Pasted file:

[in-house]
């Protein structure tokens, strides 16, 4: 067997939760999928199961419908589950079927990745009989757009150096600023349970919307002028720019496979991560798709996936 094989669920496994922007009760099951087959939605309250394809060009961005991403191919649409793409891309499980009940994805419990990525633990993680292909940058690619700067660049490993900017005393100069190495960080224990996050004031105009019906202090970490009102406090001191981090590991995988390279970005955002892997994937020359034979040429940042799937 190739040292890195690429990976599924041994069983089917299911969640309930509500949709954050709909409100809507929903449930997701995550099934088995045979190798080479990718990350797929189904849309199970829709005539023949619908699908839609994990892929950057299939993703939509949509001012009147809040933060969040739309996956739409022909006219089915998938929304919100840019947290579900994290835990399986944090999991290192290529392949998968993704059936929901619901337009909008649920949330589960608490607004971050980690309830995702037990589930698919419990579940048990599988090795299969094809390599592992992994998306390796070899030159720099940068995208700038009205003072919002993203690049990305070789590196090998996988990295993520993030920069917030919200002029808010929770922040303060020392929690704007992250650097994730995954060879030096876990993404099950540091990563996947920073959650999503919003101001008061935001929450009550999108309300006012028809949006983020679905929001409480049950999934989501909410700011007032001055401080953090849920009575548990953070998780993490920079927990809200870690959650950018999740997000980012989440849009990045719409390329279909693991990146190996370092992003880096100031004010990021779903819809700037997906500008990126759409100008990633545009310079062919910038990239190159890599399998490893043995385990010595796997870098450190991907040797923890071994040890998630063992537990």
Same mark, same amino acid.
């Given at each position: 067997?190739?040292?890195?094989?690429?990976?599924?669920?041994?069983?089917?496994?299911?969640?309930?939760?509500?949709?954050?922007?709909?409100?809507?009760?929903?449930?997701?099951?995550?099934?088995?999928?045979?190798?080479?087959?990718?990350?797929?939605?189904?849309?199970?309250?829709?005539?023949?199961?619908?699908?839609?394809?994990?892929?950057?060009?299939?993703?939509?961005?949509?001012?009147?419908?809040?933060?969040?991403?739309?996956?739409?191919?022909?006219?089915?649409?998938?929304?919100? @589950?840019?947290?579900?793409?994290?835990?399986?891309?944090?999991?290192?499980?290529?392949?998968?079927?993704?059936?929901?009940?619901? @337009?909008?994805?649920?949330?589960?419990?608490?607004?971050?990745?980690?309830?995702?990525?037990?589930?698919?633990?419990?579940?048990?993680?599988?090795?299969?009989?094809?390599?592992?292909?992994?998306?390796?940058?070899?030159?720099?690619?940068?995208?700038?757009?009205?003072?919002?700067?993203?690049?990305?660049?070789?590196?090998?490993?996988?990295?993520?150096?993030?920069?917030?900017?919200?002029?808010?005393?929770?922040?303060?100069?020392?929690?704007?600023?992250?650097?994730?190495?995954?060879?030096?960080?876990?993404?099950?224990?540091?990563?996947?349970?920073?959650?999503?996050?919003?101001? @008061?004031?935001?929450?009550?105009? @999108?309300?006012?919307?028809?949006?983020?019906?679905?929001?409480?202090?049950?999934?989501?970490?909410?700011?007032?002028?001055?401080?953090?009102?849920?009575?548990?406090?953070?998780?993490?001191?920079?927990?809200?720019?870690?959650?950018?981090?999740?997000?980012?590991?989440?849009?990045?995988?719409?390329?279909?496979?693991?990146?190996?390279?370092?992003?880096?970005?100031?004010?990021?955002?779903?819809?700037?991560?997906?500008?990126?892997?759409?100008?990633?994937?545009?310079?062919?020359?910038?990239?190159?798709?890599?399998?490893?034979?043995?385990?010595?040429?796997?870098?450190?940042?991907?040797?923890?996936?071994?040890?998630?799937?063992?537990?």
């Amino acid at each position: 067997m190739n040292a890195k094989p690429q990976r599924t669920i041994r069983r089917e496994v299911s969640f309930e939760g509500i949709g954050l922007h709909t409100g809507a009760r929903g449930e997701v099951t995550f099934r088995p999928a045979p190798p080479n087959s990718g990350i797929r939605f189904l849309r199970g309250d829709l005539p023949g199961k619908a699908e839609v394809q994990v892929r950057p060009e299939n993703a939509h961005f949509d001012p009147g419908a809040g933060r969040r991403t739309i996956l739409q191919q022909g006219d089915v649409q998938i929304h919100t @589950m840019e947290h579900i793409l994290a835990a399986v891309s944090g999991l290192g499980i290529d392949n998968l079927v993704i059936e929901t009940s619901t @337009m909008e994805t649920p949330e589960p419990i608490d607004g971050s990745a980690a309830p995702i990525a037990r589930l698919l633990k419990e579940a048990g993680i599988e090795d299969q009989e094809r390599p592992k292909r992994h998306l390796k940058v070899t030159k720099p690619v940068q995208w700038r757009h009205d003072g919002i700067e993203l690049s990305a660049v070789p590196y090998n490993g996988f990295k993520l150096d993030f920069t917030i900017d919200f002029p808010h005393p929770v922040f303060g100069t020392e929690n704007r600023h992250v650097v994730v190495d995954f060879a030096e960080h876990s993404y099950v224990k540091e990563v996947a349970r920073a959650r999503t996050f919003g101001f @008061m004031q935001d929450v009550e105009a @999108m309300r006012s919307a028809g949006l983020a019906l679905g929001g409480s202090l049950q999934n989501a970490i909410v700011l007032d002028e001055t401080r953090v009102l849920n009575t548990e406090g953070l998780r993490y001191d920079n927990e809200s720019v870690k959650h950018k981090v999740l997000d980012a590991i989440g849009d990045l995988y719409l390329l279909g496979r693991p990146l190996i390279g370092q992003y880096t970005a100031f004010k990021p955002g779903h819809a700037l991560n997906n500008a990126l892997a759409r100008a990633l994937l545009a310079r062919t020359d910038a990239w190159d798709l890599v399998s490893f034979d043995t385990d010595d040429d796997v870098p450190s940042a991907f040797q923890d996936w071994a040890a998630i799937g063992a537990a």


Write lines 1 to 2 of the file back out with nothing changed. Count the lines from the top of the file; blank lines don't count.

[in-house]
């Protein structure tokens, strides 16, 4: 067997939760999928199961419908589950079927990745009989757009150096600023349970919307002028720019496979991560798709996936 094989669920496994922007009760099951087959939605309250394809060009961005991403191919649409793409891309499980009940994805419990990525633990993680292909940058690619700067660049490993900017005393100069190495960080224990996050004031105009019906202090970490009102406090001191981090590991995988390279970005955002892997994937020359034979040429940042799937 190739040292890195690429990976599924041994069983089917299911969640309930509500949709954050709909409100809507929903449930997701995550099934088995045979190798080479990718990350797929189904849309199970829709005539023949619908699908839609994990892929950057299939993703939509949509001012009147809040933060969040739309996956739409022909006219089915998938929304919100840019947290579900994290835990399986944090999991290192290529392949998968993704059936929901619901337009909008649920949330589960608490607004971050980690309830995702037990589930698919419990579940048990599988090795299969094809390599592992992994998306390796070899030159720099940068995208700038009205003072919002993203690049990305070789590196090998996988990295993520993030920069917030919200002029808010929770922040303060020392929690704007992250650097994730995954060879030096876990993404099950540091990563996947920073959650999503919003101001008061935001929450009550999108309300006012028809949006983020679905929001409480049950999934989501909410700011007032001055401080953090849920009575548990953070998780993490920079927990809200870690959650950018999740997000980012989440849009990045719409390329279909693991990146190996370092992003880096100031004010990021779903819809700037997906500008990126759409100008990633545009310079062919910038990239190159890599399998490893043995385990010595796997870098450190991907040797923890071994040890998630063992537990």